Apple’s decision to give away its operating system is a game-changer. (Justin Sullivan/Getty Images)

Lost in the hubbub of Apple’s unveiling of the new iPad Air last week was the company’s announcement that it would be giving away its new operating system, OS X Mavericks, for free. Apple thinks that by enabling you to upgrade your operating system for free, it will encourage you to upgrade to new laptops or desktops that take advantage of Mavericks’ latest functions. View it as a BOGO pricing strategy in reverse – you get one, you buy one.

But offering OS X Mavericks for free may be more than just a clever new pricing strategy for the tech sector. (Anyone  remember the way we all oohed and aahed over “freemium” a few years ago?) The Apple announcement may mark the start of a new way that we upgrade and buy products, especially when those hooked up to the Internet as part of the Internet of Things.

The Internet of Things is one of those concepts that has fascinated innovators ever since it was proposed. It’s the concept that every product, once it’s hooked up to the Internet, becomes a potentially powerful computer in its own right. By some estimates, the Internet of Things could offer “incalculable” savings and efficiencies for society if the vision ever becomes fully realized. Just ask Cisco — the number of things connected to the Internet already exceeds the people on earth.

The classic Internet of Things example — now getting a bit worn around the edges — is of the home refrigerator that knows when it’s getting empty and then automatically generates a grocery list for you. Since the fridge is connected to the Internet, it could go one step further and decide which ingredients you’re missing for a certain recipe and add those as well.

So what does all this have to do with Mavericks and free operating systems?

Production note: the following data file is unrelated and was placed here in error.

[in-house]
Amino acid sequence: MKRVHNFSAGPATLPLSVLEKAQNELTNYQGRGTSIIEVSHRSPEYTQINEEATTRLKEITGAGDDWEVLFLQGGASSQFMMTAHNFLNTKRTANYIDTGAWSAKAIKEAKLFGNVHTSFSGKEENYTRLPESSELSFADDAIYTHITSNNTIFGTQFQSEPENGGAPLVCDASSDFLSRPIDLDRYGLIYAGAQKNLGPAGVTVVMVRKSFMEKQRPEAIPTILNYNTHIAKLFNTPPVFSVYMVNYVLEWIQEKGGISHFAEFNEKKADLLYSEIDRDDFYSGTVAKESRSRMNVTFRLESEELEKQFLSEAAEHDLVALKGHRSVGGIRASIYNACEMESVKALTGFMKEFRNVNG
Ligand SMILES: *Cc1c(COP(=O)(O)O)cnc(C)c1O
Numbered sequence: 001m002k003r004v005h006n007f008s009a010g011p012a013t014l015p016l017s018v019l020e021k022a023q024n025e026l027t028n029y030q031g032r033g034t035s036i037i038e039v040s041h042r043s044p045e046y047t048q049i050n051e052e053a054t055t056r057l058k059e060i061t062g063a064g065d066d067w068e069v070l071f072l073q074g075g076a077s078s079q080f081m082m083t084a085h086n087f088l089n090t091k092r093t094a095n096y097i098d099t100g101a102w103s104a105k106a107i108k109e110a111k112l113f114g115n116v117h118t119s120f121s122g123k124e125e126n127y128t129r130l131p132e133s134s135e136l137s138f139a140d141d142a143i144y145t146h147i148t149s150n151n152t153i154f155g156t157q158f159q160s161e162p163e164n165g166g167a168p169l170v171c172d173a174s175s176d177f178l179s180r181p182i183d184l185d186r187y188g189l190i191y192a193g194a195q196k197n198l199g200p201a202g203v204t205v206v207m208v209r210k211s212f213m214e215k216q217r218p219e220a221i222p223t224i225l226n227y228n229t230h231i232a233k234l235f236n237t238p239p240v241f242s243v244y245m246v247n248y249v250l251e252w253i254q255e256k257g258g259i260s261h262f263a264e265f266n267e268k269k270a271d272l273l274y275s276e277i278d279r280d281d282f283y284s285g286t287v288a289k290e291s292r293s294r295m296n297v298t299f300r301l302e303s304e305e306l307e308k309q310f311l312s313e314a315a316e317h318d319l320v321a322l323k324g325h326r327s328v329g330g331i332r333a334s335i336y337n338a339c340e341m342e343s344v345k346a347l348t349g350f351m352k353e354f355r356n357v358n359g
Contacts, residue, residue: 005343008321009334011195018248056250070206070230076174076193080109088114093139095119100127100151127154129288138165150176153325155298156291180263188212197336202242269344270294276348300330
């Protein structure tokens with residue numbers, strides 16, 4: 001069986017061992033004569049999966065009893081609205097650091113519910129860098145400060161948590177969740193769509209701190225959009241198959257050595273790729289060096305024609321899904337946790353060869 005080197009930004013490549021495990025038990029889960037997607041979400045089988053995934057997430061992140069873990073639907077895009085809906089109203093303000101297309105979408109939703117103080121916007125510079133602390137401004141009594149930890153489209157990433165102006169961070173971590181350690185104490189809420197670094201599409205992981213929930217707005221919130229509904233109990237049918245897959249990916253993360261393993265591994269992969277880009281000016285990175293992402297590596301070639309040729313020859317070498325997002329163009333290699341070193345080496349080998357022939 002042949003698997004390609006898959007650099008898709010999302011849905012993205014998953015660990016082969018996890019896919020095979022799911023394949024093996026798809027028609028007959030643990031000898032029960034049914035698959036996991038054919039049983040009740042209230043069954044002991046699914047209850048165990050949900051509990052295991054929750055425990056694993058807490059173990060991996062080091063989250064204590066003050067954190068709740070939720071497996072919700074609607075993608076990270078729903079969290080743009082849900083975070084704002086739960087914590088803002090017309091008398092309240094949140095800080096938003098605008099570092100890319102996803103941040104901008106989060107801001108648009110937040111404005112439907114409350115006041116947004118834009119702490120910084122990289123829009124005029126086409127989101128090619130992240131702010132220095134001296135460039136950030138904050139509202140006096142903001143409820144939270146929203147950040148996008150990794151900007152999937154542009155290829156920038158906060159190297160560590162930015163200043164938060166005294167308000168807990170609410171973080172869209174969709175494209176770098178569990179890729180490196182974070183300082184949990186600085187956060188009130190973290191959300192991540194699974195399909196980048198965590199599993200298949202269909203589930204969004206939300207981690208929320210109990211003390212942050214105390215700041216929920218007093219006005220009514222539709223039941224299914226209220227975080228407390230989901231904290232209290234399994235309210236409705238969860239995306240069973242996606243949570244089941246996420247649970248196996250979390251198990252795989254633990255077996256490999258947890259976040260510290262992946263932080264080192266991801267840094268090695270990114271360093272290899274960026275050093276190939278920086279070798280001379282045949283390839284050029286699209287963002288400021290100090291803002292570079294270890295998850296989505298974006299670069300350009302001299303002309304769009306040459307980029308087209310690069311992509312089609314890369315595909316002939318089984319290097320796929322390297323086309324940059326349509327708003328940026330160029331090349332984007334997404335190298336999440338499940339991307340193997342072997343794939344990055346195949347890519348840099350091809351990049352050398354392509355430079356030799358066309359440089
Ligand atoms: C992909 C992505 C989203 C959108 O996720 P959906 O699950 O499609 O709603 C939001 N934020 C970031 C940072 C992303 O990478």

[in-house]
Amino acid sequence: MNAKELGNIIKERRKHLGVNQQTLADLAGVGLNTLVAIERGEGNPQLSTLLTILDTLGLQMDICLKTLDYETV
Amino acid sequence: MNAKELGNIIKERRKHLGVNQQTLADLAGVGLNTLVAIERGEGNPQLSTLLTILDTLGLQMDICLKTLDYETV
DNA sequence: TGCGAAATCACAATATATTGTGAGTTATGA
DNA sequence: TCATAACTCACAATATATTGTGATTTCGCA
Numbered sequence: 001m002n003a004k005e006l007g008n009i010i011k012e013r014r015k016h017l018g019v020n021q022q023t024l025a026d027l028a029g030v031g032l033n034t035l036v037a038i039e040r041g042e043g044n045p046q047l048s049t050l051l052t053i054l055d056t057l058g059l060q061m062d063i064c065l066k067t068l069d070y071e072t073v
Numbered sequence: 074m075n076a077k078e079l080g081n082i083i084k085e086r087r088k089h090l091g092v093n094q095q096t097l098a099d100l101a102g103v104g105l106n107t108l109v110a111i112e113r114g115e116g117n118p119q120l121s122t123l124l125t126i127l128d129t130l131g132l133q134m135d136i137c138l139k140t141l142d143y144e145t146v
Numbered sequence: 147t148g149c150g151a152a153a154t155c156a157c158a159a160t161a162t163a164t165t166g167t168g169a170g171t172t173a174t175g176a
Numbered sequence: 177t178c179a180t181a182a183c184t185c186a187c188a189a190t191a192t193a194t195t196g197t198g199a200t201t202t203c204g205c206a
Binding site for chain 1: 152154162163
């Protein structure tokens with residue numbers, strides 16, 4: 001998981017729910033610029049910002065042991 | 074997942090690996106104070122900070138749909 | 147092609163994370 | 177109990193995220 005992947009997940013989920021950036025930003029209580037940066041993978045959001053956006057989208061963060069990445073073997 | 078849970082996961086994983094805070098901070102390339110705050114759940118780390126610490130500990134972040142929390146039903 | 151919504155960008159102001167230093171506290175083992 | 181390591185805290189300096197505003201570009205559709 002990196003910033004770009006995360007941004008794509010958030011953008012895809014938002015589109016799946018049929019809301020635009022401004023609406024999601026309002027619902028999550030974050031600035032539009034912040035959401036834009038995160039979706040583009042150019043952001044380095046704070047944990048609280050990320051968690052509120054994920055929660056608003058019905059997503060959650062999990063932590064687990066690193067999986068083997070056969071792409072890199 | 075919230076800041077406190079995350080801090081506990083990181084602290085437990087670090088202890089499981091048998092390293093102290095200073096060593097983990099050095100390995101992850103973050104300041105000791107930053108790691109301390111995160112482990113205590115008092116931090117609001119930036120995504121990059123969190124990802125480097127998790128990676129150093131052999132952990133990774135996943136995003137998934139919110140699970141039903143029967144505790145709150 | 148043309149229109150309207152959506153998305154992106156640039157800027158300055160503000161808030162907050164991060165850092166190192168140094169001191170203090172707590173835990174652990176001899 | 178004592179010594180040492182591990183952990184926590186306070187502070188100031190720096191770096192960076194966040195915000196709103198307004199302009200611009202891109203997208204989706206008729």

Well, what if we start thinking about all of our products — not just our digital devices — as consisting of two distinct components: the exterior shell and the inner “brain” of the product that handles all of the thinking. Consider, for example, the emerging area of wearable tech, where designers are starting to embed climate-sensing technology that knows how hot or cold you are, and adjusts the performance of the outer material accordingly. If you take an Internet of Things perspective on this, your jacket could be thought of as running, say, a GORE-TEX operating system, while the exterior shell of the jacket is the equivalent of a digital device that you’re asked to upgrade on an annual basis. You don’t buy new winter jackets every year, you just upgrade your operating system.

Or, what about the automobile industry? We’re already starting to design open source automobiles running their own “flavors” of infotainment systems, so why not think of your car as running an automobile operating system? One of the interesting aspects of the new OS X Mavericks is how it may actually help your computer run more efficiently by allocating memory in a different way, speeding up the overall experience and extending battery life on laptops. So let’s apply this same thinking to the car sitting on your driveway – -what if you could install a new operating system in it and instantly improve its gas mileage by 10 or 20 percent? You’d be crazy not to upgrade to a free automobile operating system that does that.

The Internet of Things for mavericks, then, is a world in which free upgrades to the inner guts of an Internet-enabled device – whether it’s a winter jacket or an automobile — radically shifts the value proposition for innovators. It changes the way we think about products — we upgrade, we don’t buy — and at the same time, the power shifts from the people who manufacture the product to the people who design the computer inside the product. Just as with the iPad Air, what’s inside the machine is designed in America, while the cheap, unthinking exterior shell is something that’s manufactured in China.